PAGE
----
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Thesis defences

PhD Oral Exam - Jung Hwan Kim, Economics

Essays on student debt

Date & time
Thursday, September 21, 2023
3 p.m. – 5 p.m.

This event is free


School of Graduate Studies


Daniela Ferrer


Henry F. Hall Building
1455 De Maisonneuve Blvd. W.
Room H1154

Wheel chair accessible


When studying for a doctoral degree (PhD), candidates submit a thesis that provides a critical review of the current state of knowledge of the thesis subject as well as the student’s own contributions to the subject. The distinguishing criterion of doctoral graduate research is a significant and original contribution to knowledge.

Once accepted, the candidate presents the thesis orally. This oral exam is open to the public.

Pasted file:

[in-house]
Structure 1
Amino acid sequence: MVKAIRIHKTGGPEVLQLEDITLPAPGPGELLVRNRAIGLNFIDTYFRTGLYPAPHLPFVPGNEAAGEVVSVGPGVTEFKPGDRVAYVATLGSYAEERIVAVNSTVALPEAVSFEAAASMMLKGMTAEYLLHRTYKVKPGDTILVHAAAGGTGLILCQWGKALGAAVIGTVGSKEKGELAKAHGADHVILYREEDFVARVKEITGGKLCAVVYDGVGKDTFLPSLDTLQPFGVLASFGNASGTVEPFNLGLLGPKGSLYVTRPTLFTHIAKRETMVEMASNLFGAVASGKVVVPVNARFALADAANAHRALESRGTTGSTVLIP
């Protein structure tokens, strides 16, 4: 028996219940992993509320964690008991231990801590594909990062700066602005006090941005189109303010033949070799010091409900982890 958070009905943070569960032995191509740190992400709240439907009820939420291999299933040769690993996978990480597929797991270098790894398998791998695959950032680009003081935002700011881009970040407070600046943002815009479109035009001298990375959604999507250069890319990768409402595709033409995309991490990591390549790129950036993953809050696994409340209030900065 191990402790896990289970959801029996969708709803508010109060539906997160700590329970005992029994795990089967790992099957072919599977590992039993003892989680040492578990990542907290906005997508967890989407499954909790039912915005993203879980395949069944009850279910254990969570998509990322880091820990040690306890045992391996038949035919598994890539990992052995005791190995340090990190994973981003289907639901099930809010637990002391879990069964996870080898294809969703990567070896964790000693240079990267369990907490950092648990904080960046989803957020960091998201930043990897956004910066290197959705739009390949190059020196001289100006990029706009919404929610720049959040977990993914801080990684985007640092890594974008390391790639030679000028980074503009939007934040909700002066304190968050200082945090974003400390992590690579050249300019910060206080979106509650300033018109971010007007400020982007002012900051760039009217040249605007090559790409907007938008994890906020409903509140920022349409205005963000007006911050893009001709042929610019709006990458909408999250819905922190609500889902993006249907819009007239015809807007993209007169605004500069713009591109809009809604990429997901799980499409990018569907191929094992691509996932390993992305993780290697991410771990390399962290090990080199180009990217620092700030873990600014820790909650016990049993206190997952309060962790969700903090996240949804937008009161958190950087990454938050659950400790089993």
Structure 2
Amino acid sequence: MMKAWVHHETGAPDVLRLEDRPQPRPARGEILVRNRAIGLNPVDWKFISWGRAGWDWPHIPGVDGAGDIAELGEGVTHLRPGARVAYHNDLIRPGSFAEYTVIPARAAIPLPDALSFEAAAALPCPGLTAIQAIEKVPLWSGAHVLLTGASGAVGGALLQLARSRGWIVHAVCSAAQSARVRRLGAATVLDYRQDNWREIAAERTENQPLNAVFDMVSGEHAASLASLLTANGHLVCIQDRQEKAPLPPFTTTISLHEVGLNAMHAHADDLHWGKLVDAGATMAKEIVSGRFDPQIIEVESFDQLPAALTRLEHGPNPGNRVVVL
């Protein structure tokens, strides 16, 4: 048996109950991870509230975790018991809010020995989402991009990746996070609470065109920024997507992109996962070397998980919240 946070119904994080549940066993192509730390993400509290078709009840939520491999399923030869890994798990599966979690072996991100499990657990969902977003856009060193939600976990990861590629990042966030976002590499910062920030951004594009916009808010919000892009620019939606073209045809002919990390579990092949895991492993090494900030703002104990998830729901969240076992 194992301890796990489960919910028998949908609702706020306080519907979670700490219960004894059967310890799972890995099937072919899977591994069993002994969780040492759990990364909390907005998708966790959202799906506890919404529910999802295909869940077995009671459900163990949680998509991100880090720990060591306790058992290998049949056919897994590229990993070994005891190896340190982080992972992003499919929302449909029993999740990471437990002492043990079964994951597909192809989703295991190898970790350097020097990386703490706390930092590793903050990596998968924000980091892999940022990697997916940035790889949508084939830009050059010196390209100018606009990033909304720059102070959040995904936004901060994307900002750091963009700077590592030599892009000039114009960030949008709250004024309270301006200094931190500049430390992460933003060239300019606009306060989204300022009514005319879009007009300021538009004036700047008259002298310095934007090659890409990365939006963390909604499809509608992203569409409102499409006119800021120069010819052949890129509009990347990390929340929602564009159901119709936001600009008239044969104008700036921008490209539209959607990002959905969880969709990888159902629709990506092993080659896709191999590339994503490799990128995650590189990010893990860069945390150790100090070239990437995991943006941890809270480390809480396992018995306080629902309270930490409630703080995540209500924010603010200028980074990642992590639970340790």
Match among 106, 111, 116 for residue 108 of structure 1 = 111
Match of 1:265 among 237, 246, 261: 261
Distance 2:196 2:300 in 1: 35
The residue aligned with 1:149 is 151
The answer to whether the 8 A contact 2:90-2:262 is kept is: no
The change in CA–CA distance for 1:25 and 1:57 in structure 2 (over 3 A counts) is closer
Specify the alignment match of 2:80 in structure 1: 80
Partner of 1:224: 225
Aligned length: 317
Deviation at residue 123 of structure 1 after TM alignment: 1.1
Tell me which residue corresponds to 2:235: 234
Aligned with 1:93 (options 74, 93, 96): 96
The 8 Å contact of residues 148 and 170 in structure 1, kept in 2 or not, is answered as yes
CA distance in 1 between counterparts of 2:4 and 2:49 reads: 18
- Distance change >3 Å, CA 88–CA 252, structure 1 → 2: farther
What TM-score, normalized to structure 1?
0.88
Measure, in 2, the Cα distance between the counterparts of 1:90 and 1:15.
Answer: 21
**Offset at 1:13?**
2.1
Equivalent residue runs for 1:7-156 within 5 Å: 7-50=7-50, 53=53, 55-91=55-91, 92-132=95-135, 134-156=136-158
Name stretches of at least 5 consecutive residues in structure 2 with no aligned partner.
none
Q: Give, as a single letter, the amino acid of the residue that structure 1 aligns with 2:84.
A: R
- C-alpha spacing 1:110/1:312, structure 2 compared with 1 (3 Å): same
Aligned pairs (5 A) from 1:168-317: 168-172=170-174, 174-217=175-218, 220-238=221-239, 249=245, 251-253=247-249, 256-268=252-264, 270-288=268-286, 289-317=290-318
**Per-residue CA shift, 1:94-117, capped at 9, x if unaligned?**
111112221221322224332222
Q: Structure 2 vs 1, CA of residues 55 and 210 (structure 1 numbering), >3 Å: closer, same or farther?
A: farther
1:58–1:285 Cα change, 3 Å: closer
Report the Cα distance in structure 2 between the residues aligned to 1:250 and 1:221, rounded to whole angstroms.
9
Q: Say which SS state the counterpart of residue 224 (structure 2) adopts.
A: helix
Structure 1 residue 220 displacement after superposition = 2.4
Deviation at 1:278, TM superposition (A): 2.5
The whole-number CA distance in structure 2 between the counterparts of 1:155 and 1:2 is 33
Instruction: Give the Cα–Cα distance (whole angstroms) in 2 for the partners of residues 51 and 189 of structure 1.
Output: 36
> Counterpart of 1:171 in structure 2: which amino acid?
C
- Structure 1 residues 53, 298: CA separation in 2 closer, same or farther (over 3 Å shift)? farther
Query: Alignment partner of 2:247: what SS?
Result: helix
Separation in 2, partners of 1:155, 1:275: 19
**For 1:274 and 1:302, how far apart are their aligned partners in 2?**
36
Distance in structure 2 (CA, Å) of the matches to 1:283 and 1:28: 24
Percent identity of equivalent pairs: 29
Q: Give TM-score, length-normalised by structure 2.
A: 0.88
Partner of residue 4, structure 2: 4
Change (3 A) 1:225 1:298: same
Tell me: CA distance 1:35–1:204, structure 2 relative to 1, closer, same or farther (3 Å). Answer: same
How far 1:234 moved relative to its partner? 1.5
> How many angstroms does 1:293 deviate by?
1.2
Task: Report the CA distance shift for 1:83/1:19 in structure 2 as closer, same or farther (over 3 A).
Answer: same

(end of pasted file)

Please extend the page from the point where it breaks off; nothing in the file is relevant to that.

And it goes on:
The thesis studies student debt in the United States. The first chapter examines the quantitative effects of rising college costs, wage inequality, and delinquencies on growing student debt balances in the U.S. We build an incomplete markets overlapping-generation (OLG) model with choices for a college education, student loans, and delinquency. We solve transitional dynamics with the estimated time-varying changes in college costs and wage inequality, in addition to a stronger preference for college education, that affect the repayment decision of borrowers. We find that these sources increase aggregate student debt balances by $480 billion between 1979 and 2015. Rising college costs increases borrowing by recent college students. The declining average ability of college students and increasing volatility of wage shocks lead to a higher delinquency rate among borrowers over time. Importantly, we find that when borrowers are not delinquent on their payments, the aggregate student debt only increases by 50% of the increase in the benchmark economy, despite all the time-varying sources. This suggests that although the rising college costs largely affect the borrowing behavior of college students, the increasing delinquency rate over time significantly contributes to the rapid growth of U.S. student debt. The second chapter empirically studies how holding student debt affects initial labor market outcomes for college graduates in the United States. In particular, I examine the implications of student debt on college graduates' initial unemployment duration, underemployment rate, and initial labor income. By conducting hazards models analyses using the NLSY97 and O*NET dataset, I first find that college students graduating with student debt, on average, have a shorter unemployment duration before their first job compared to those graduating without student debt. Furthermore, using the average, excluding a self-amount, institution-level grant amount as an instrument, I find that graduating with a higher level of student debt increases the probability of underemployment for college graduates and decreases the initial labor income at their first jobs. The results highlight the impact of student debt on the trade-off between search time and the job quality.

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